It felt a little odd reading this, knowing how technology has changed, simply in how she uses a “pen pal column” and then has to ask several people in town about where the man lives. Today, it would be dating sites and emails, etc. But I could look past that and just smile with the author at the items he meant to be funny.

“Appointment in Tomorrow” by Fritz Leiber — The Thinkers guide society now, and why shouldn’t they? Where other leaders have failed, they have produced amazing results, such as a computer so unimaginably powerful it’s almost as if God Himself is among them. Or is it all an illusion?

This was a creative tale from Leiber. The details around the Thinkers and their rise in power seems so plausible, which makes the humor almost sad.

Matthew Wuertz’s last retro review for us was the June issue of Galaxy Science Fiction.

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I have only one complaint about this issue, and it is SERIOUS. The woman who had been appearing on the back cover was replaced by text?!?! A very poor first impression, indeed.

I love the Independence Day cover, and yes, I am sure this issue was much anticipated in its day, since the serial was coming to an end, and the overall quality of the magazine must have been well known by this point. The feeling remains with me now when I know a new issue of Fantasy and Science Fiction is on the way.

“Venus is a Man’s World” was my second favorite. Ferdinand is a good, sympathetic character for young, adventurous readers, and Butt (great nickname!) is dangerous but wise. The illustration of all of the girls admiring him is priceless. I enjoyed the easy writing style and the social issues that came into play. A rocket ride to Venus in a ship full of lonely girls…what’s not to like?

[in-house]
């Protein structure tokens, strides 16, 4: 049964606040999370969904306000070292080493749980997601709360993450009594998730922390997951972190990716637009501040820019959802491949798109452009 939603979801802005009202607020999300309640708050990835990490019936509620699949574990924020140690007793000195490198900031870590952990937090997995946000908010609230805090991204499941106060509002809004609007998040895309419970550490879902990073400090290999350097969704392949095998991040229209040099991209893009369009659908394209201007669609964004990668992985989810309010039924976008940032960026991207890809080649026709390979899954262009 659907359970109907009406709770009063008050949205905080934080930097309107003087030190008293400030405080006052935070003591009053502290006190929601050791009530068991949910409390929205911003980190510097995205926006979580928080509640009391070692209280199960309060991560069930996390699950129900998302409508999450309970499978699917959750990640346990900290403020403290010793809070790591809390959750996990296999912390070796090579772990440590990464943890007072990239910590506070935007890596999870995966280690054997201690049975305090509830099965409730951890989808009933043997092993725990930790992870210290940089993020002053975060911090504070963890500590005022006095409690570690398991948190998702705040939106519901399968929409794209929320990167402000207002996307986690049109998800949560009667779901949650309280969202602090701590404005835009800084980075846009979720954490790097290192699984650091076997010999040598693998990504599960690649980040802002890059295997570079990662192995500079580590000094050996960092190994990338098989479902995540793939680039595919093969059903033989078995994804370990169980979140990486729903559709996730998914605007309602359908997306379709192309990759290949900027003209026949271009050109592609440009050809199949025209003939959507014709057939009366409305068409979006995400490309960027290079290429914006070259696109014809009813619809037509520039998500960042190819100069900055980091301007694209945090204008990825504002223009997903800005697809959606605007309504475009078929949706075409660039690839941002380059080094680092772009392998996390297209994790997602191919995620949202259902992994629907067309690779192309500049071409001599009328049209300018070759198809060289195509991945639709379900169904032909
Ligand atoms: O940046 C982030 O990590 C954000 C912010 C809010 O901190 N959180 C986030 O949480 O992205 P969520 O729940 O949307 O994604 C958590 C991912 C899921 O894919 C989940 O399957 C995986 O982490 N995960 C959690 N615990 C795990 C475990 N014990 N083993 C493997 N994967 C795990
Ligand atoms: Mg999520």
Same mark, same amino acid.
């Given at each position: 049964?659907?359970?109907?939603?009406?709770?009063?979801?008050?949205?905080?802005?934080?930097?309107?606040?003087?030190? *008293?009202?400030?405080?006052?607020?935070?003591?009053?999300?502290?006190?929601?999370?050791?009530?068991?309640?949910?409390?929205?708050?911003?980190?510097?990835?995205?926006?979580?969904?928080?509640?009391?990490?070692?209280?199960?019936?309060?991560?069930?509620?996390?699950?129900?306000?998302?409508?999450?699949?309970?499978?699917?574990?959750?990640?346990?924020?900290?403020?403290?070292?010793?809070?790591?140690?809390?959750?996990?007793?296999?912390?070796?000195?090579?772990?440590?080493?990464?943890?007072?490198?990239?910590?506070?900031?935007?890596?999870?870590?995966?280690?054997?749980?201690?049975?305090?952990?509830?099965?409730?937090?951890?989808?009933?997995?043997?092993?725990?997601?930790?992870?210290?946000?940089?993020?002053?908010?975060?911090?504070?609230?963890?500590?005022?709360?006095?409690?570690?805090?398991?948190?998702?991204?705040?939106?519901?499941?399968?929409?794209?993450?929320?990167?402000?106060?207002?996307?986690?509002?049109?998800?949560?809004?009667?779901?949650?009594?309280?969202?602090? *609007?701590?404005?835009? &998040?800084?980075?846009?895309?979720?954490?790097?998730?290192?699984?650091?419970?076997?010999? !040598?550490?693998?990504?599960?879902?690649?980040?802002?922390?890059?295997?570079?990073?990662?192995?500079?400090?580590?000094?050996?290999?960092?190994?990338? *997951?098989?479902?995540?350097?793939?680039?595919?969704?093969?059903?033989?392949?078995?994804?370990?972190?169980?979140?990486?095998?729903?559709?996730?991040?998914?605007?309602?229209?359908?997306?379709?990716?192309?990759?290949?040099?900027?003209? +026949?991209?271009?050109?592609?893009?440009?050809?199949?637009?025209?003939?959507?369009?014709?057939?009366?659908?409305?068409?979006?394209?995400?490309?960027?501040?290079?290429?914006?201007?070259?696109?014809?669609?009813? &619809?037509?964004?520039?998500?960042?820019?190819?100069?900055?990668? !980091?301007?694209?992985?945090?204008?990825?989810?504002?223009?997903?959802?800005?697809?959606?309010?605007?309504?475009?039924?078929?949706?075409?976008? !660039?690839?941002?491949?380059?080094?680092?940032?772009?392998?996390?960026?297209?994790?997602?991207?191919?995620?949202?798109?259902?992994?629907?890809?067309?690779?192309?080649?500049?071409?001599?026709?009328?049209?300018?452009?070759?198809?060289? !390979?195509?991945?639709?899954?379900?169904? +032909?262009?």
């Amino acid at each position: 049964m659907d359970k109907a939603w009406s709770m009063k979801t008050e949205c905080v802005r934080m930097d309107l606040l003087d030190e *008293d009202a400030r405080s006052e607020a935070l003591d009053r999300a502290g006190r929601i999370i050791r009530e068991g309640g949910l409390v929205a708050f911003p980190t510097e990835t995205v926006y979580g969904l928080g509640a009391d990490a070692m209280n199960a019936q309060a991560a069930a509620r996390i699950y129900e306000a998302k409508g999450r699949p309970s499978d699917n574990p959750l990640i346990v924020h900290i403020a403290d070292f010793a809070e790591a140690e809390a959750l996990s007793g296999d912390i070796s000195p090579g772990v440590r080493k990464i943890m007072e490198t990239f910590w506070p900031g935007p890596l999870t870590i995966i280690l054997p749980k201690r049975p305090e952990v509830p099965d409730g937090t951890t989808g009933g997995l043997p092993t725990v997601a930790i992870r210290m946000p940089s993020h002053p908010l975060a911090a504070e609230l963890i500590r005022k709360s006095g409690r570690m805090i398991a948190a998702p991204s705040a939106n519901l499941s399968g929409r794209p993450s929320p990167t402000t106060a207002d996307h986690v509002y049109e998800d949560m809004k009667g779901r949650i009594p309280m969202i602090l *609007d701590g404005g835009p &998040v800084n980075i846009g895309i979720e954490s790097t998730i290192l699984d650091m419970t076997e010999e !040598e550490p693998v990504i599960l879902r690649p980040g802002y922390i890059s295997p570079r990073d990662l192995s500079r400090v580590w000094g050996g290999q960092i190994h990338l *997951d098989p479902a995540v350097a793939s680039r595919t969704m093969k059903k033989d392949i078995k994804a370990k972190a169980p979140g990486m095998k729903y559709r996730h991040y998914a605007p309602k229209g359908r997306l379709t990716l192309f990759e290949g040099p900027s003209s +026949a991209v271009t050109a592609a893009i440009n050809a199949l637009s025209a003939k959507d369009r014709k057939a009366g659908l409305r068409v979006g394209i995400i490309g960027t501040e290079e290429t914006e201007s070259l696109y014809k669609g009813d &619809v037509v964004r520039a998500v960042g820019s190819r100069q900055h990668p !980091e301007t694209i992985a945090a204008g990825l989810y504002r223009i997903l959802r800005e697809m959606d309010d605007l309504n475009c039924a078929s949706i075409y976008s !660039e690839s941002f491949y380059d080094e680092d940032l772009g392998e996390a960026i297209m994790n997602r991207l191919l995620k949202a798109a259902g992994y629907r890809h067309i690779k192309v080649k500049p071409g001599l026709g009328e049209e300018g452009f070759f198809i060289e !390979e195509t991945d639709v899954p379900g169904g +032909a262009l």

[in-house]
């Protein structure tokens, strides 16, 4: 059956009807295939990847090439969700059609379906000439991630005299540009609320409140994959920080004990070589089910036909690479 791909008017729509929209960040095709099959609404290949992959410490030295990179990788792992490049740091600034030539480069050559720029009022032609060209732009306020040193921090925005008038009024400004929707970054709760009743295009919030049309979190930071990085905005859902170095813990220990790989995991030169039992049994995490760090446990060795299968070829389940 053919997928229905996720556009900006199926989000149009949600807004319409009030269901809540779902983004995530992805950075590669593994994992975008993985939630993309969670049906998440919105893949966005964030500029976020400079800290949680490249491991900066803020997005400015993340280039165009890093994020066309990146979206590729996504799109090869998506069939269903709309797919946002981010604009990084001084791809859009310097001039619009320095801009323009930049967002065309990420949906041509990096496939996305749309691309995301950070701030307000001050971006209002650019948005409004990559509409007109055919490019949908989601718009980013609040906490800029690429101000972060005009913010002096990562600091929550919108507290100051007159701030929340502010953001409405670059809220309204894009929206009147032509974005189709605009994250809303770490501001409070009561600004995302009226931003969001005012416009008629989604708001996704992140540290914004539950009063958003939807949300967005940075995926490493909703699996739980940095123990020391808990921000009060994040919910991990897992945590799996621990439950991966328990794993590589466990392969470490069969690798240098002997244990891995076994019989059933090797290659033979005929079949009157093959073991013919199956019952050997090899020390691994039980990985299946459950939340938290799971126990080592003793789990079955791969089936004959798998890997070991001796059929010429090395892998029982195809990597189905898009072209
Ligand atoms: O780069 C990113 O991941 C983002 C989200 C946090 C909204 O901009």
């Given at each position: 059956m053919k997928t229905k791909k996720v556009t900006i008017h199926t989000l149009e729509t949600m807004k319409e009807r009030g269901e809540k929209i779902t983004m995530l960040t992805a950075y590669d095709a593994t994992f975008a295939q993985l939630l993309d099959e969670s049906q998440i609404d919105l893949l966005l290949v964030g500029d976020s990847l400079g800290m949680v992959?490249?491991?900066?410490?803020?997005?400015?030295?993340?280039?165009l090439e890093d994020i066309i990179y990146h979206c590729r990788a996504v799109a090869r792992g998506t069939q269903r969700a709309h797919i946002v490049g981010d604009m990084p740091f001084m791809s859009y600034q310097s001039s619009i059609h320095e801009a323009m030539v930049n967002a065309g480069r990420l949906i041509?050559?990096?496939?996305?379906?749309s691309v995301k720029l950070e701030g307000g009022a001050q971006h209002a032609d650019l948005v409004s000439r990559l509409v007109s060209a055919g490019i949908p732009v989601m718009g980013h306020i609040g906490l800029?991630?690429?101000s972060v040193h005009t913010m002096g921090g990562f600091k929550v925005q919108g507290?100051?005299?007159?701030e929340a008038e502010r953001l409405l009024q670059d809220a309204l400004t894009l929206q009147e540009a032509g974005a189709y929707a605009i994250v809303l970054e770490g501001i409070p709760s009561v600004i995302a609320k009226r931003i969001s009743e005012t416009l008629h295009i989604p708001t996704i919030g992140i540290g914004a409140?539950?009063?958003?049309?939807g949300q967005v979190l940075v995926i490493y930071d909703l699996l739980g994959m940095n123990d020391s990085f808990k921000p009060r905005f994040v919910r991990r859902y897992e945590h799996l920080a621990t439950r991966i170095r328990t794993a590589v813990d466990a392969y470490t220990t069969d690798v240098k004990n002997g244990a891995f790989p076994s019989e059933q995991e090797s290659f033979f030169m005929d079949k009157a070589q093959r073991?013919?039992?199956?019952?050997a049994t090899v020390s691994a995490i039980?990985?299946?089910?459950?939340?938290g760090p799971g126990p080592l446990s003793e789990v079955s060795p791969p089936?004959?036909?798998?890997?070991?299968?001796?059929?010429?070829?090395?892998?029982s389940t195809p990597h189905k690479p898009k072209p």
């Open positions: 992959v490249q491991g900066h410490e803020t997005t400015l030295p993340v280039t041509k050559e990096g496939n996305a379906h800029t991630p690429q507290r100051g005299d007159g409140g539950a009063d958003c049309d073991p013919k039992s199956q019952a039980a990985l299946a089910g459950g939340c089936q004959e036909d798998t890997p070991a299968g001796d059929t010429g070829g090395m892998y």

“Common Denominator” reminded me of an article by Garrison Keillor in National Geographic, which I read sometime in the early 1990s. He was discussing contemporary Danish society, and describing at great length how they function by making sure no one person garners too much attention or grabs too much power. The aliens in this could be extremist Danes (kind of an oxy-moron, but it works) who force this attitude upon society. Matt, I agree that the idea is simple and implausible. Utopian ideals never really work for me.

“Syndrome Johnny” was my favorite from this issue. The chase and the gradual discovery of the culprit were an exciting read. Speculative technology from the medical field is not used enough in Science Fiction, in my opinion. This story is not on par with “Flowers for Algernon,” but it is a nice addition to a less common sub-genre.

“Mars Child” adds some action and continues its social dramas in final installment. The emergence of the Brownies was inevitable and maybe even a little predictable, but no less enjoyable for that. There is murder, kidnapping, and the fate of a Mars colony to keep up with. I enjoyed each part of this story, and this chapter was the best.

I cringed and laughed my way through “Pen Pal.” Don’t get me wrong…I loved it, but as Matt says, the changes in society and technology are hilariously apparent. The way Matilda tracks down Mr. Gorka probably seemed resourceful and efficient in 1951. Now, it is antiquated and probably in violation of most anti-stalking laws. Not only that, Matilda allows herself to be locked in a room in a stranger’s house in her quest to meet said stranger. Creepy! Finally, we find out that Mr. Gorka’s wife was letting him shop for new female companions. The story was a fun and and easy read, and the implausible, or maybe just dated, social situations made this piece unique.

“Appointment in Tomorrow” was the least memorable in this issue for me. Literally. I had to go back and skim it to remember the story from when I finished it a month ago. The cautionary commentaries here about power and human nature resonate in any era. It’s the kind of story I hate to love, because it is so real. Plus I like giant 1950s computers, even if…well, I won’t spoil it.

Thanks again, Matt. Happy holidays, and see you in a month. I am going to wait a bit longer to read the next issue so they are more fresh in my mind and I can be a little more insightful and original. I am enjoying this ride very much.